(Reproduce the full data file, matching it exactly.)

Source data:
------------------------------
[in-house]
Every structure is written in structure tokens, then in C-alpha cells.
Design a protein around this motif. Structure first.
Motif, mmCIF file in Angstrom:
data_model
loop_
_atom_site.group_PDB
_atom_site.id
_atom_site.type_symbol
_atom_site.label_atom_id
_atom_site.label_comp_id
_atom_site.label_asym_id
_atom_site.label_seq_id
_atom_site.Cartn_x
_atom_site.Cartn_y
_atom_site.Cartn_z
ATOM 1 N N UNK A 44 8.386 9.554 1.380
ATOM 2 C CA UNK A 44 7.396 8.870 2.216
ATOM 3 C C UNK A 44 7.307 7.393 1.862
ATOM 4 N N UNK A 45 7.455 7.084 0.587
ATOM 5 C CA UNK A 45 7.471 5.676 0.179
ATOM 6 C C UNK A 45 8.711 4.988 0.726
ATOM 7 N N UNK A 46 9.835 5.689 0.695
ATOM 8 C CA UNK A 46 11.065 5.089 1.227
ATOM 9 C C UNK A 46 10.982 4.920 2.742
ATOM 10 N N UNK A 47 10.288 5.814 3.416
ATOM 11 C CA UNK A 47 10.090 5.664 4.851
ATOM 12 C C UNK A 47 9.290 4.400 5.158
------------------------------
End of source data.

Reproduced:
[in-house]
Every structure is written in structure tokens, then in C-alpha cells.
Design a protein around this motif. Structure first.
Motif, mmCIF file in Angstrom:
data_model
loop_
_atom_site.group_PDB
_atom_site.id
_atom_site.type_symbol
_atom_site.label_atom_id
_atom_site.label_comp_id
_atom_site.label_asym_id
_atom_site.label_seq_id
_atom_site.Cartn_x
_atom_site.Cartn_y
_atom_site.Cartn_z
ATOM 1 N N UNK A 44 8.386 9.554 1.380
ATOM 2 C CA UNK A 44 7.396 8.870 2.216
ATOM 3 C C UNK A 44 7.307 7.393 1.862
ATOM 4 N N UNK A 45 7.455 7.084 0.587
ATOM 5 C CA UNK A 45 7.471 5.676 0.179
ATOM 6 C C UNK A 45 8.711 4.988 0.726
ATOM 7 N N UNK A 46 9.835 5.689 0.695
ATOM 8 C CA UNK A 46 11.065 5.089 1.227
ATOM 9 C C UNK A 46 10.982 4.920 2.742
ATOM 10 N N UNK A 47 10.288 5.814 3.416
ATOM 11 C CA UNK A 47 10.090 5.664 4.851
ATOM 12 C C UNK A 47 9.290 4.400 5.158